Wayne Parnell deserved another go at international level. Instead, he is another lost to a Kolpak contract, writes JONHENRY WILSON.
He should have featured in Cricket South Africa’s so-called ‘Vision 2019’, which is exploring the bench strength ahead of next year’s World Cup.
He hadn’t played international cricket since 2017, when favour from the selectors eventually ran out. Second chances expired, but third and fourth should have been afforded to a player of such talent and versatility.
Parnell had progressed through the transgressions of the past, and recent remarks all but insisted the maturity and levelheadedness that he once lacked are now evident. Several key contributions to Worcestershire’s triumphant Vitality Blast campaign, too, spoke of his ability and willingness to walk the talk. This wasn’t the case during a punctuated career with the Proteas, but head coach Ottis Gibson seemed willing to manage a player of Parnell’s ilk. Gibson became familiar with cricketers who blew hot and cold – in mood and performance – during his time with the West Indies.
Gibson’s predecessors arguably mismanaged Parnell’s role in the T20I and ODI XIs, as well. Robin Petersen, Justin Ontong, David Wiese and even Albie Morkel walked similarly awkward paths. They were fixed to certain positions in the batting order for some situations and floated up and down for others. Roles with the ball also ebbed and flowed. Farhaan Behardien, with the bat, is suffering the same poor handling. This does not absolve Parnell, Behardien and others of criticism, but the team management can always do better with communication and expectation.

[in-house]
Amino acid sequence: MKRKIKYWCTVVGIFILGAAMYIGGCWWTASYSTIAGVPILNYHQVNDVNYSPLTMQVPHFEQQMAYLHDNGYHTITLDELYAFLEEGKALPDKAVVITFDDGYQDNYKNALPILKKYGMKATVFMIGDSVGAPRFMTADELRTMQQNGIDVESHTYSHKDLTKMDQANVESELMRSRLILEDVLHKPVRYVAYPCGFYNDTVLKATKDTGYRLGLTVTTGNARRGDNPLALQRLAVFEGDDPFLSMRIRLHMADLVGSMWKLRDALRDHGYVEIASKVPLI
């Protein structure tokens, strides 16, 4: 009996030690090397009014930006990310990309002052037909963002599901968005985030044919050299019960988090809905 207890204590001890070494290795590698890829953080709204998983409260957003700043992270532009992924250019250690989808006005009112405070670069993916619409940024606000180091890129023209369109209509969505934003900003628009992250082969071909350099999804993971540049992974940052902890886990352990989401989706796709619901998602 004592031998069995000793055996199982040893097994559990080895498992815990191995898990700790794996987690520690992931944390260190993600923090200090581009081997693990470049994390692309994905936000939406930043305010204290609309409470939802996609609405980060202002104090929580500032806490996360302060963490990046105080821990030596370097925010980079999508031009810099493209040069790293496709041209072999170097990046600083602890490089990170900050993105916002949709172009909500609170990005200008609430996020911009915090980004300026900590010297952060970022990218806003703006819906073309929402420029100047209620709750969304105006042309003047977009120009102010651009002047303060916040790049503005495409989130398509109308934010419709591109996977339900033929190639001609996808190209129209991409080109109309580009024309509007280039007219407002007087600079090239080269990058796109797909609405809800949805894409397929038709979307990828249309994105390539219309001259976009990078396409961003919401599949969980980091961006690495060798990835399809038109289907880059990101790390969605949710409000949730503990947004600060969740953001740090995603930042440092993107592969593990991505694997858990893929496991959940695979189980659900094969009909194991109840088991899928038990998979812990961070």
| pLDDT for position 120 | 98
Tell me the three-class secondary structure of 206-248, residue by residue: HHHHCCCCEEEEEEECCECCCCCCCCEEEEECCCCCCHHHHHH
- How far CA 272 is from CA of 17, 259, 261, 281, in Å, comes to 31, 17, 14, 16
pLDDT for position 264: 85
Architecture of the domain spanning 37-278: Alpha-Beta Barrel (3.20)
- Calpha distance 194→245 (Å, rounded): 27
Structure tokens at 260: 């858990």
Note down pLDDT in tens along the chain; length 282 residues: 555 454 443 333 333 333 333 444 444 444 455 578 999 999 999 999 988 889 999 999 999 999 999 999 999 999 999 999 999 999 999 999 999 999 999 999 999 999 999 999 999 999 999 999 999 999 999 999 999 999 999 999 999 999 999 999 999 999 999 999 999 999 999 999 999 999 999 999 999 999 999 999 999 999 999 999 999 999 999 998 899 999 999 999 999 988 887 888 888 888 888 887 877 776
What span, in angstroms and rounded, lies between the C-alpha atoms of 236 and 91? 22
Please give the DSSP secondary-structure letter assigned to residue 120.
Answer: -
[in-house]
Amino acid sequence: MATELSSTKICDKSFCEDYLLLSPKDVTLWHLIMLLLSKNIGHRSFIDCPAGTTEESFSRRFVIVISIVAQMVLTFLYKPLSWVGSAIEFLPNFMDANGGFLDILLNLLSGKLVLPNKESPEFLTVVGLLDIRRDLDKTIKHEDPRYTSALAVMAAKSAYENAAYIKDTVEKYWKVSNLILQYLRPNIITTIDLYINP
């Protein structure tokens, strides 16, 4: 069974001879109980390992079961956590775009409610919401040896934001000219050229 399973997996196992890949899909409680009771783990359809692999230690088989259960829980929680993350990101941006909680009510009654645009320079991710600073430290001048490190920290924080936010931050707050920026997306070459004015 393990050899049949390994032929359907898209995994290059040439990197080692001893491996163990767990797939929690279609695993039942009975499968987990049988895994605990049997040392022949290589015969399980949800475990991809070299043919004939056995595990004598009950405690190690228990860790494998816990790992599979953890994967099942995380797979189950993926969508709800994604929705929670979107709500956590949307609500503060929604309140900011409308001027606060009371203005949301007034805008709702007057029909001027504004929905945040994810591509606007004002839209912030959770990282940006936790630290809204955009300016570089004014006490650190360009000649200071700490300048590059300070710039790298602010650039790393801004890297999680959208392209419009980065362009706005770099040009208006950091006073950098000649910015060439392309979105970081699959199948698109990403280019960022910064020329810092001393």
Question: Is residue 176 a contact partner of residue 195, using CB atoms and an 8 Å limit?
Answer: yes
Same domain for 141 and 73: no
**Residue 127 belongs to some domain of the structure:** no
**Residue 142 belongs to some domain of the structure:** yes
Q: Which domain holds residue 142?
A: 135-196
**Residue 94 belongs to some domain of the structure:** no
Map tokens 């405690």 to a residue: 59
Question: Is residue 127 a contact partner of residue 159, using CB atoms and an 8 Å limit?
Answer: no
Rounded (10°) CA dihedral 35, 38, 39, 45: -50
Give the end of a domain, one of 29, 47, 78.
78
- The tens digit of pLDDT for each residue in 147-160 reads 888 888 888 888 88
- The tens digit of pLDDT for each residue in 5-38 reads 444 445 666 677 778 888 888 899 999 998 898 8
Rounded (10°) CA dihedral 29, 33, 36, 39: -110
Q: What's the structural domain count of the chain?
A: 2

An eventual recall for Parnell could have yielded the opportunity for Gibson and company to resurrect an international career headed for its closing throes.
Strict decisions on the specific deployment of the all-rounder would have had to follow. The aggressive left-hander could have been used up the order in a pinch-hitting role or later as a finisher, not both. He should have taken the new ball to pursue early wickets, not play a holding role through the middle overs. A cricketer of such volatility – good and bad – required permanence and structure, not fleeting choices according to circumstance and scenario.
‘There is a lot more maturity to his game these days. He is in his later 20s and married, maybe that has made the difference. He is ready,’ said former Proteas batsman and current Cape Cobras coach Ashwell Prince as early as 2017.
Prince knew then what has effectively come to fruition now, but for Worcestershire and English county cricket in general, rather than the Proteas.